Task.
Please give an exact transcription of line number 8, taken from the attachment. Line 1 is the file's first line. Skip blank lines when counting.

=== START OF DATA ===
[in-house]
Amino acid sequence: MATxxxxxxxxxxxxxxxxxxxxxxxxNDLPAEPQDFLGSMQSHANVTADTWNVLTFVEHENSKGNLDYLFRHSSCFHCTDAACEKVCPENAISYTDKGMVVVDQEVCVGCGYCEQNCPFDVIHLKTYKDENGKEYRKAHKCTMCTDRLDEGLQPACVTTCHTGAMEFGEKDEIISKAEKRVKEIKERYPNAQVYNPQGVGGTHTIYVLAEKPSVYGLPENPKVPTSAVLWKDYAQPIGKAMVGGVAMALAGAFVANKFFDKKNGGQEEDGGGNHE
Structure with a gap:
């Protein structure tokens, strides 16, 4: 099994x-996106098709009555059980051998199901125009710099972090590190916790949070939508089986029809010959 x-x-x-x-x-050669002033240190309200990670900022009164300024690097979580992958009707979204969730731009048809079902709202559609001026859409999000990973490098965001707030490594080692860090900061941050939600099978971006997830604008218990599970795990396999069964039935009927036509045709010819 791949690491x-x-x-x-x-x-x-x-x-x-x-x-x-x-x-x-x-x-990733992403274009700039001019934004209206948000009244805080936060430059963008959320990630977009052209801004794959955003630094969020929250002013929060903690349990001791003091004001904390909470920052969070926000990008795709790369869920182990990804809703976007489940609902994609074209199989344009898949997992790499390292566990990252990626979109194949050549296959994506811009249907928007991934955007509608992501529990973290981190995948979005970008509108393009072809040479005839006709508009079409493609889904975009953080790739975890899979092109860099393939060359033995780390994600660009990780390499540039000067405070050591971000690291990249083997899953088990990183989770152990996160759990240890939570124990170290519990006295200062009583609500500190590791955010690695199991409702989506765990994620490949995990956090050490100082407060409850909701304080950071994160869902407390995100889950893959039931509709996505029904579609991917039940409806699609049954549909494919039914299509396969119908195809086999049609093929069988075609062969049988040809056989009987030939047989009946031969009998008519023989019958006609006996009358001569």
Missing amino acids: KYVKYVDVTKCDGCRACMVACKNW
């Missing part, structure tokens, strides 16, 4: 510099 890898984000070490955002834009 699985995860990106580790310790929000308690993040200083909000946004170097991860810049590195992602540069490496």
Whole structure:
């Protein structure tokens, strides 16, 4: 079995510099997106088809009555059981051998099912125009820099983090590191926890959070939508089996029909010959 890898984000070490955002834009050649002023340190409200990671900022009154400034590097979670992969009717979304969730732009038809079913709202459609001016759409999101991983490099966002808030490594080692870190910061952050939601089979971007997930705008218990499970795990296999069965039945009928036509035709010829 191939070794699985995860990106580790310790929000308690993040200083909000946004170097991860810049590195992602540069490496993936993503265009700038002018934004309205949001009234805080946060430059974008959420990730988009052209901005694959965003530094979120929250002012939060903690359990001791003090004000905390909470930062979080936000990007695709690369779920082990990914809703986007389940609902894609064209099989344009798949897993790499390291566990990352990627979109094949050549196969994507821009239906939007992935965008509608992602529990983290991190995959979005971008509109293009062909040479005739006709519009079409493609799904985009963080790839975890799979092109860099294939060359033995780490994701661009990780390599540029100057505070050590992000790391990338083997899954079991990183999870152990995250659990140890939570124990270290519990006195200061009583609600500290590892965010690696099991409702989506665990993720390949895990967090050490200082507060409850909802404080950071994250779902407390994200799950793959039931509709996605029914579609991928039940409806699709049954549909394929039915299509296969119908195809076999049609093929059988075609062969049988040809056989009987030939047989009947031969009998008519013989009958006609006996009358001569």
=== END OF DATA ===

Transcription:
């Protein structure tokens, strides 16, 4: 079995510099997106088809009555059981051998099912125009820099983090590191926890959070939508089996029909010959 890898984000070490955002834009050649002023340190409200990671900022009154400034590097979670992969009717979304969730732009038809079913709202459609001016759409999101991983490099966002808030490594080692870190910061952050939601089979971007997930705008218990499970795990296999069965039945009928036509035709010829 191939070794699985995860990106580790310790929000308690993040200083909000946004170097991860810049590195992602540069490496993936993503265009700038002018934004309205949001009234805080946060430059974008959420990730988009052209901005694959965003530094979120929250002012939060903690359990001791003090004000905390909470930062979080936000990007695709690369779920082990990914809703986007389940609902894609064209099989344009798949897993790499390291566990990352990627979109094949050549196969994507821009239906939007992935965008509608992602529990983290991190995959979005971008509109293009062909040479005739006709519009079409493609799904985009963080790839975890799979092109860099294939060359033995780490994701661009990780390599540029100057505070050590992000790391990338083997899954079991990183999870152990995250659990140890939570124990270290519990006195200061009583609600500290590892965010690696099991409702989506665990993720390949895990967090050490200082507060409850909802404080950071994250779902407390994200799950793959039931509709996605029914579609991928039940409806699709049954549909394929039915299509296969119908195809076999049609093929059988075609062969049988040809056989009987030939047989009947031969009998008519013989009958006609006996009358001569």